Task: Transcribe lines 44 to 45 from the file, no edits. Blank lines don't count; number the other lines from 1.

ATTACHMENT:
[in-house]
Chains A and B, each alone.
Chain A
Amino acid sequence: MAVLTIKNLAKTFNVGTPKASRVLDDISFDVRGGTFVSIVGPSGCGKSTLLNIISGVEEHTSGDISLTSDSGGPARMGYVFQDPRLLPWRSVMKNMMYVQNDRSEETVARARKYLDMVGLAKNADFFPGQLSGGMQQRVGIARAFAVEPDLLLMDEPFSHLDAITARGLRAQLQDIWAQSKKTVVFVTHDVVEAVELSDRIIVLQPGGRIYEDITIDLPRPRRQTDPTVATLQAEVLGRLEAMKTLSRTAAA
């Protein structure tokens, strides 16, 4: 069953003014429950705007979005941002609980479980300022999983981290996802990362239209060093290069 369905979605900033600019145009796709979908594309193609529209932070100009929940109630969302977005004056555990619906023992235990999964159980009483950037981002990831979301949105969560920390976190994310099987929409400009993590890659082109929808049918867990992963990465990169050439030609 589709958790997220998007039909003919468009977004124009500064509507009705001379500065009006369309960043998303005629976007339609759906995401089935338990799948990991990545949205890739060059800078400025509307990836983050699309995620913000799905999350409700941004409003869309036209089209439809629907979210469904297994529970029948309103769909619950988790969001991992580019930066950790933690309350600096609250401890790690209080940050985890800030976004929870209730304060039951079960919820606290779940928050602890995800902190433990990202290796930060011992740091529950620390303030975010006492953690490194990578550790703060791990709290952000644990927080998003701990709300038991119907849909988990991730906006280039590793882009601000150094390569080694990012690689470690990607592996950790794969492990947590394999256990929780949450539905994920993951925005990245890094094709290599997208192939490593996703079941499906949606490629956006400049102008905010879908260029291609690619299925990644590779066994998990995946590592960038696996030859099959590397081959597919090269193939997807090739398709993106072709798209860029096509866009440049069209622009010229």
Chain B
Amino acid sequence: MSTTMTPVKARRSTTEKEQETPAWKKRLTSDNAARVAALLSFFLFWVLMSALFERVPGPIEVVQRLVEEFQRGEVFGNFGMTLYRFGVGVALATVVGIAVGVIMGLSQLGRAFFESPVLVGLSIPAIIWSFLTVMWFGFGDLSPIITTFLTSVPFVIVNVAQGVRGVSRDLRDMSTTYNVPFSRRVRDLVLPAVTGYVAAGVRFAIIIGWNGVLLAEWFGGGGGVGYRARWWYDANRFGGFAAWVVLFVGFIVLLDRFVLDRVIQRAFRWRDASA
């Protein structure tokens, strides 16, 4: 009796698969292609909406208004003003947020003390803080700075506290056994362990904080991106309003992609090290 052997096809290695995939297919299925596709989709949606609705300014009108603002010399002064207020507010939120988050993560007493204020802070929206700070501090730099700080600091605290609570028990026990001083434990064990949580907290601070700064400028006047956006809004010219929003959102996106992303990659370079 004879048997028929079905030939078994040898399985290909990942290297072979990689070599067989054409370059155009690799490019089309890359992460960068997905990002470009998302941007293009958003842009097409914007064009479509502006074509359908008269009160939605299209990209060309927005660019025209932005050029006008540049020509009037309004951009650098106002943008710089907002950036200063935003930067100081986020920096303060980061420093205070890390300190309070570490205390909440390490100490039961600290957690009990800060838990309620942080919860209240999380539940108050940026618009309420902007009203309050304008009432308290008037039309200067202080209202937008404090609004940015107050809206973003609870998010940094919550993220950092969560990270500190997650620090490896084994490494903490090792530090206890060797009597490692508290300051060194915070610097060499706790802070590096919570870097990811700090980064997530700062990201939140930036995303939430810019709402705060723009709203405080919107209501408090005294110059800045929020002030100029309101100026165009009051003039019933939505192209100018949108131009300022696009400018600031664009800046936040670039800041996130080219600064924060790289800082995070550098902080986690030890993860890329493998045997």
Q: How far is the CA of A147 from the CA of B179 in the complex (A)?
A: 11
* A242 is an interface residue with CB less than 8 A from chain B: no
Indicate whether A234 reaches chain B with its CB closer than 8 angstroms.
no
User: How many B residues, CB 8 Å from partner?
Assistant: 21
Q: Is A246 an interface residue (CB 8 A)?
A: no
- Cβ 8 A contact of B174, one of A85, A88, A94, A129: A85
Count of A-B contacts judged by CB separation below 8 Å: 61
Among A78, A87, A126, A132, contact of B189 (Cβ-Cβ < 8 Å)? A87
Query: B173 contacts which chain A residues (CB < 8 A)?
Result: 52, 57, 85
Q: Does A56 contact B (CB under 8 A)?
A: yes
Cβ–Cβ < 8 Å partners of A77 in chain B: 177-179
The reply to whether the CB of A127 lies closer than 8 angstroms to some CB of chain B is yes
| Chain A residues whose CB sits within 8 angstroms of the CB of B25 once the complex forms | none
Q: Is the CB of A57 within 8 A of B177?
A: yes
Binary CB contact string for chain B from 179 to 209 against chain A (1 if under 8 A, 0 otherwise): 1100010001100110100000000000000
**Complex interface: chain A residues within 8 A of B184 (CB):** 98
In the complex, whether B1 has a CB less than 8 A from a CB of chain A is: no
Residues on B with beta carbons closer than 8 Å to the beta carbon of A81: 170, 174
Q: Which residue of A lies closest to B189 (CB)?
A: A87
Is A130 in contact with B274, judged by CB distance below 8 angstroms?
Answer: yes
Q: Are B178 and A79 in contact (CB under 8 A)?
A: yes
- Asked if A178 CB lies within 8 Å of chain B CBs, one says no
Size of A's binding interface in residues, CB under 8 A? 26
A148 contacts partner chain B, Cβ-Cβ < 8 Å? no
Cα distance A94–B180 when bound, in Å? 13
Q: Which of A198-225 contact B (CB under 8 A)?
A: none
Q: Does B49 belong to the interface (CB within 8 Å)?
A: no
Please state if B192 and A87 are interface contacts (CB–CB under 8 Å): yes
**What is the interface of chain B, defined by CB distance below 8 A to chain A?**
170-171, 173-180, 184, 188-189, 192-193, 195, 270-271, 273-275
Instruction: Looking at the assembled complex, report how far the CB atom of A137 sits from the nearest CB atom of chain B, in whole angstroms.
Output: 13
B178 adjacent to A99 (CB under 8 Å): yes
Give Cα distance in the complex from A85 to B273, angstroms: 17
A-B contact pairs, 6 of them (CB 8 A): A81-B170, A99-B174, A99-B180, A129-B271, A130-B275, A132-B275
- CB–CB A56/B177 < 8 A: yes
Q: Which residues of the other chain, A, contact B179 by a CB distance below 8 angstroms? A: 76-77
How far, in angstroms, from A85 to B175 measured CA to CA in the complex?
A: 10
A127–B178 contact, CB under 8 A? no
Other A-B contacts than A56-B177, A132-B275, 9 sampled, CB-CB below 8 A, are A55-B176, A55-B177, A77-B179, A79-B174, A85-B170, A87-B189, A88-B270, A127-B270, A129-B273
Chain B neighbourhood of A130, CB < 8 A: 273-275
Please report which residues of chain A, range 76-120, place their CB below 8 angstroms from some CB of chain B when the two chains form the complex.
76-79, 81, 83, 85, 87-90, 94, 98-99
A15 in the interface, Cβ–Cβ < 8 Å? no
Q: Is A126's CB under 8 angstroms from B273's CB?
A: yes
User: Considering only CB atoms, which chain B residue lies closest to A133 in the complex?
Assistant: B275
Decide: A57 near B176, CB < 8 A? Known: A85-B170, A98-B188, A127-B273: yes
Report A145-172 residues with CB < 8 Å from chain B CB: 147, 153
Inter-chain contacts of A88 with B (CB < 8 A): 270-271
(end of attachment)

Q: Which of A198-225 contact B (CB under 8 A)?
A: none